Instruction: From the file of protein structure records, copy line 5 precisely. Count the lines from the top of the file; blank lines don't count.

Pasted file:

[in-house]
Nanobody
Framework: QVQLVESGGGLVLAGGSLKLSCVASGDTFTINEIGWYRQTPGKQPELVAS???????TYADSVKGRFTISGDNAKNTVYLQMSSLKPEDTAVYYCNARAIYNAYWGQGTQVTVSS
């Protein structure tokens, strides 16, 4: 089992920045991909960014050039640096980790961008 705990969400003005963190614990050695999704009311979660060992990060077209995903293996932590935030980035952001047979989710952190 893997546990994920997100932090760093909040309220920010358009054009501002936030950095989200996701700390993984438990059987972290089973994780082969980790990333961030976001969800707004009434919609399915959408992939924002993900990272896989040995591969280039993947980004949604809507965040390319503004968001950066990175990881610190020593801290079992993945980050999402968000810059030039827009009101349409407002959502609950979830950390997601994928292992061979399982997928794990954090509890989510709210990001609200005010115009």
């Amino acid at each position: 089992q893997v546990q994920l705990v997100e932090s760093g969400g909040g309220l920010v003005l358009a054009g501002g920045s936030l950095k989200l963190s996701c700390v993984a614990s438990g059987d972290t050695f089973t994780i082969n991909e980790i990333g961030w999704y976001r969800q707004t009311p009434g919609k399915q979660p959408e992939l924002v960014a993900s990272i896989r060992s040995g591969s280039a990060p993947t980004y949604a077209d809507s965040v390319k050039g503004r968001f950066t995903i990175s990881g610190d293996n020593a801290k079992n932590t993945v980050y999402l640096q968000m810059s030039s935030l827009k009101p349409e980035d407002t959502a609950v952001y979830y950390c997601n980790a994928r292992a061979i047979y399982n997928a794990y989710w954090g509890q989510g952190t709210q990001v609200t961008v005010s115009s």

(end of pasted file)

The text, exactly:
């Amino acid at each position: 089992q893997v546990q994920l705990v997100e932090s760093g969400g909040g309220l920010v003005l358009a054009g501002g920045s936030l950095k989200l963190s996701c700390v993984a614990s438990g059987d972290t050695f089973t994780i082969n991909e980790i990333g961030w999704y976001r969800q707004t009311p009434g919609k399915q979660p959408e992939l924002v960014a993900s990272i896989r060992s040995g591969s280039a990060p993947t980004y949604a077209d809507s965040v390319k050039g503004r968001f950066t995903i990175s990881g610190d293996n020593a801290k079992n932590t993945v980050y999402l640096q968000m810059s030039s935030l827009k009101p349409e980035d407002t959502a609950v952001y979830y950390c997601n980790a994928r292992a061979i047979y399982n997928a794990y989710w954090g509890q989510g952190t709210q990001v609200t961008v005010s115009s």